Urgent Call: Accelerating Training for Psychedelic-Assisted Therapists

Fluence co-founder discusses the challenges of training a new generation of therapists with the skills and knowledge to administer psychedelic-assisted therapy.

Psychedelic-assisted therapy is disrupting conventional approaches to treatments, where mental health practitioners traditionally rely on talk-therapy sessions that may last less than an hour.

The effects of psychedelics, lasting up to six hours or more depending on the substance, present new challenges for therapists looking to integrate psychedelics into their practice. Recent reports, including the first administration of an MDMA prescription in Australia, offer a preview of what the future may hold for psychedelic-assisted therapy.

Traditional four-year colleges and institutions that specialize in psychedelic therapy, such as Fluence, Naropa University and the California Institute for Integral Studies, are introducing new training programs to help prepare therapists for this new world.

Their work preparing mental health professionals for the next generation of therapeutic modalities will be critical with regulatory approvals on the horizon.

Mark Haden, an adjunct professor at the University of British Columbia school of population and public health, recently highlighted this urgency in an interview with CBC News, saying that Canada must train more health-care professionals in MDMA therapy in anticipation of FDA approval in the U.S.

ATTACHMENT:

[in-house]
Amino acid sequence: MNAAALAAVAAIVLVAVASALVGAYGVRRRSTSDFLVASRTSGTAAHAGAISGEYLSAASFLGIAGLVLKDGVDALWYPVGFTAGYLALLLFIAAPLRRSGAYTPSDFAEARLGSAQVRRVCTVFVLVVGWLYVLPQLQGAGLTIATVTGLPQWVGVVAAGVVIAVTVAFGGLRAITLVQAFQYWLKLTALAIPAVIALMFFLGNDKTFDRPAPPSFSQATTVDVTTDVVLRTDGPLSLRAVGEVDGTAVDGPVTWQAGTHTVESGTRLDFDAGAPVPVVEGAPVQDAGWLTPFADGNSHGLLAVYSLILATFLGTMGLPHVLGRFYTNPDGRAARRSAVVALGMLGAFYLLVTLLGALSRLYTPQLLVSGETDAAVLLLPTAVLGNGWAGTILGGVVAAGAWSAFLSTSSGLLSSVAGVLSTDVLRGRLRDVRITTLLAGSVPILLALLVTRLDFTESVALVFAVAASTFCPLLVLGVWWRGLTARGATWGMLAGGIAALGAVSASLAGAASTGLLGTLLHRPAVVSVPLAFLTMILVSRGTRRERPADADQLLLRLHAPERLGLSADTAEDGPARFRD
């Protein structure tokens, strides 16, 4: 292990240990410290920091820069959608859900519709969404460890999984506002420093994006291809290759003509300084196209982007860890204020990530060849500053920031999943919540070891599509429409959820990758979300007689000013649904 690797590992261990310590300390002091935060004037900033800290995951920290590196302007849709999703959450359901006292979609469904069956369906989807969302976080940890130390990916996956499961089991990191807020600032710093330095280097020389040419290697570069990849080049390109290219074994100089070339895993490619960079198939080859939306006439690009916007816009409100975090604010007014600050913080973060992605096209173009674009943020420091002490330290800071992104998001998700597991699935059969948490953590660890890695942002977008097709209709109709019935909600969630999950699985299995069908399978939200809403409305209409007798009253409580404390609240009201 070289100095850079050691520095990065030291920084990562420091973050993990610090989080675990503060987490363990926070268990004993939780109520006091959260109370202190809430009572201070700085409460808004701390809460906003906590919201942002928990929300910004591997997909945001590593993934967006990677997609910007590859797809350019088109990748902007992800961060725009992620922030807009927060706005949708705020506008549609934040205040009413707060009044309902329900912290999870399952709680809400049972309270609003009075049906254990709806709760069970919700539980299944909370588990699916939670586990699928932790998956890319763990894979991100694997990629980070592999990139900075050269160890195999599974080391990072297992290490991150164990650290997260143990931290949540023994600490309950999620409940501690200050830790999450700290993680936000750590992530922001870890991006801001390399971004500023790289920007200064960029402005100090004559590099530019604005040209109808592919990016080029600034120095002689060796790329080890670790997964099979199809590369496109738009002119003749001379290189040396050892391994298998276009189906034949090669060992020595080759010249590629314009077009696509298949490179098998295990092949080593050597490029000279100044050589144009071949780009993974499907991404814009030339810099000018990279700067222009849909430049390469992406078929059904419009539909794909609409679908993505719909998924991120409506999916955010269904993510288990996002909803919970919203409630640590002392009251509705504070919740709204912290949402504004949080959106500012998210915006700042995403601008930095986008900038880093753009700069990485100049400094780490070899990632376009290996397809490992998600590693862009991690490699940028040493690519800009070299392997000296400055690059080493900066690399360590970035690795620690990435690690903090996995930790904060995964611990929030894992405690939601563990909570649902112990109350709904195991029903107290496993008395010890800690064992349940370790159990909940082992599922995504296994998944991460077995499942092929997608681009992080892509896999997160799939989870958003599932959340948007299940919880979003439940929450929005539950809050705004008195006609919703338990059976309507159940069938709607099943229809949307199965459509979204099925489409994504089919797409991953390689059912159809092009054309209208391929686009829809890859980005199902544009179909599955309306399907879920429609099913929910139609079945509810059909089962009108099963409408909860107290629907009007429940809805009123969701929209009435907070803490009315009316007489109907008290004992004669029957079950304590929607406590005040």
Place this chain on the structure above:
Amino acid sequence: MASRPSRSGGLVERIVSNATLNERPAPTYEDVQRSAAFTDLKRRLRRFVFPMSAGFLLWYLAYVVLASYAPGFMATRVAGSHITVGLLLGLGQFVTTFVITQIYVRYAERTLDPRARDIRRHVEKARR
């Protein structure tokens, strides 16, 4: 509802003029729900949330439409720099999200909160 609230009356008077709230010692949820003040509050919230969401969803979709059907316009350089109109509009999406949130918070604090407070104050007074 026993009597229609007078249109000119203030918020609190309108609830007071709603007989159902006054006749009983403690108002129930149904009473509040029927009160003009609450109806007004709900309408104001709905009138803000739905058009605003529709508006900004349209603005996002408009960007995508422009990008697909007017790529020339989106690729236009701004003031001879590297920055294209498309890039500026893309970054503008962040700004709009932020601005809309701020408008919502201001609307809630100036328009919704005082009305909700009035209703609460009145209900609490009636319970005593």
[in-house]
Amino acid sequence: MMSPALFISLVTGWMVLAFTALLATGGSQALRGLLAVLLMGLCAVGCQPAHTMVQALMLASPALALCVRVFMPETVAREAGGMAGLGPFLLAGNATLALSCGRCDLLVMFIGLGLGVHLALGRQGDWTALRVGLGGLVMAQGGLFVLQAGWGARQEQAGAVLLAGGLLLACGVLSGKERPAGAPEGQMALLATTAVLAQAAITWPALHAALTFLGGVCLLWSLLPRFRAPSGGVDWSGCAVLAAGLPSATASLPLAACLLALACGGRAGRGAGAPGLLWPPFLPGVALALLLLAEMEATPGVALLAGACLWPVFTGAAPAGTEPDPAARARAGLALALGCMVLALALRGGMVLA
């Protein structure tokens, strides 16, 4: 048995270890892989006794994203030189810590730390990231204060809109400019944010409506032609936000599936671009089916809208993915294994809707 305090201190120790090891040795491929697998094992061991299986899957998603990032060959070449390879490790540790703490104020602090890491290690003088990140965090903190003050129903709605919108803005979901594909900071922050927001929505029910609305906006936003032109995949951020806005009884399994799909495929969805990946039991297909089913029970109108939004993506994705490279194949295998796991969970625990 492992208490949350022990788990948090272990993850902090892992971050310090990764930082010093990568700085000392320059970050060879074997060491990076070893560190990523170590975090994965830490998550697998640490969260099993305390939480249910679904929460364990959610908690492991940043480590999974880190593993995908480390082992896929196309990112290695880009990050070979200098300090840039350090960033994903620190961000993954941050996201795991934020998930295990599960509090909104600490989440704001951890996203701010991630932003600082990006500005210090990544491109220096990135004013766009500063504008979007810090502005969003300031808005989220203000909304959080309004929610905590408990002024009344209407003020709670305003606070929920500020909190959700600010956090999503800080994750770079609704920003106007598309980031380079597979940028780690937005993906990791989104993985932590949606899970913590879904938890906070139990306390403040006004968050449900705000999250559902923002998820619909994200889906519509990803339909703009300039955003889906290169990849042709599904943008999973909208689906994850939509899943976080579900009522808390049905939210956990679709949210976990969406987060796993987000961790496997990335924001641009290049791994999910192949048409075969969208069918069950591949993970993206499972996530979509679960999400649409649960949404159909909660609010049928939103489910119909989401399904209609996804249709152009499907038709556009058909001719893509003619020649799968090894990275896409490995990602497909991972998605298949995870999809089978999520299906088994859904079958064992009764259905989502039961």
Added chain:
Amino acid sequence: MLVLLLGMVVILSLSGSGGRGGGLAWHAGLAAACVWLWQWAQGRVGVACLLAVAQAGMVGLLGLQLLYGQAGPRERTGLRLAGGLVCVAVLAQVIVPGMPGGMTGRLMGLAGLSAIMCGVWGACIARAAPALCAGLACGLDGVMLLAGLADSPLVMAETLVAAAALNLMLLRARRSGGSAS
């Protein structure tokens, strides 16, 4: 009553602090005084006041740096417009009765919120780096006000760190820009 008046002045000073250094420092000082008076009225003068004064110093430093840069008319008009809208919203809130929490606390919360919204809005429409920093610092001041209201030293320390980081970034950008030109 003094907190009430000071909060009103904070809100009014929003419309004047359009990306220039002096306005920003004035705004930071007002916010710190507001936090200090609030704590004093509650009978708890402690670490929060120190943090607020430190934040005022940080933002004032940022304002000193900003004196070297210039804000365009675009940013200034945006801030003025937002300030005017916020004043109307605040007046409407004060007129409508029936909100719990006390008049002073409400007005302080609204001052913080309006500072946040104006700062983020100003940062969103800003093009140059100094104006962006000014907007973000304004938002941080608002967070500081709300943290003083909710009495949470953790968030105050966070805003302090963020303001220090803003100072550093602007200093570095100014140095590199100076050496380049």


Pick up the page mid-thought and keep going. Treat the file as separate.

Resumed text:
“MDMA-assisted therapy is completely different from regular therapy and we need as many therapists trained as possible so when the door opens we can provide this service widely,” he said in the CBC News article.

Not Your Standard Therapy

Session duration is just one of the many distinct differences between psychedelic-assisted therapy and standard therapy.

“Therapists entering psychedelic training programs often lack experience in working with non-ordinary states of consciousness and may not be fully prepared for the intensity and depth of psychedelic experiences,” says Elizabeth Nielson, chief visionary officer of Fluence. “Many come from traditional therapeutic backgrounds that don’t provide models for navigating transpersonal experiences, facilitating integration of those experiences, and applying harm reduction principles in a clinical setting.”

Elizabeth Nielson, chief visionary officer and co-founder, Fluence. Photo courtesy Fluence

Fluence trains licensed therapists and other mental health professionals on clinical practice skills related to psychedelic-assisted therapy in addition to education opportunities for individuals from a variety of other backgrounds.

Nielson, who co-founded Fluence with Dr. Ingmar Gorman in 2019, says one of the key challenges in training therapists for psychedelic work is ensuring they have the expertise to define their roles and operate within their professional boundaries.

“With so many patients seeking psychedelics as part of their mental health care or in other nonclinical environments, it’s essential that clinicians understand what is available by prescription, what can be used off-label and what is, and is not, available through the supervised adult-use model in Oregon,” she says.

In 2020, Oregon became the first state in the U.S. to legalize adult-use psilocybin, with service centers offering facilitated sessions and integration services opening in the summer of 2023.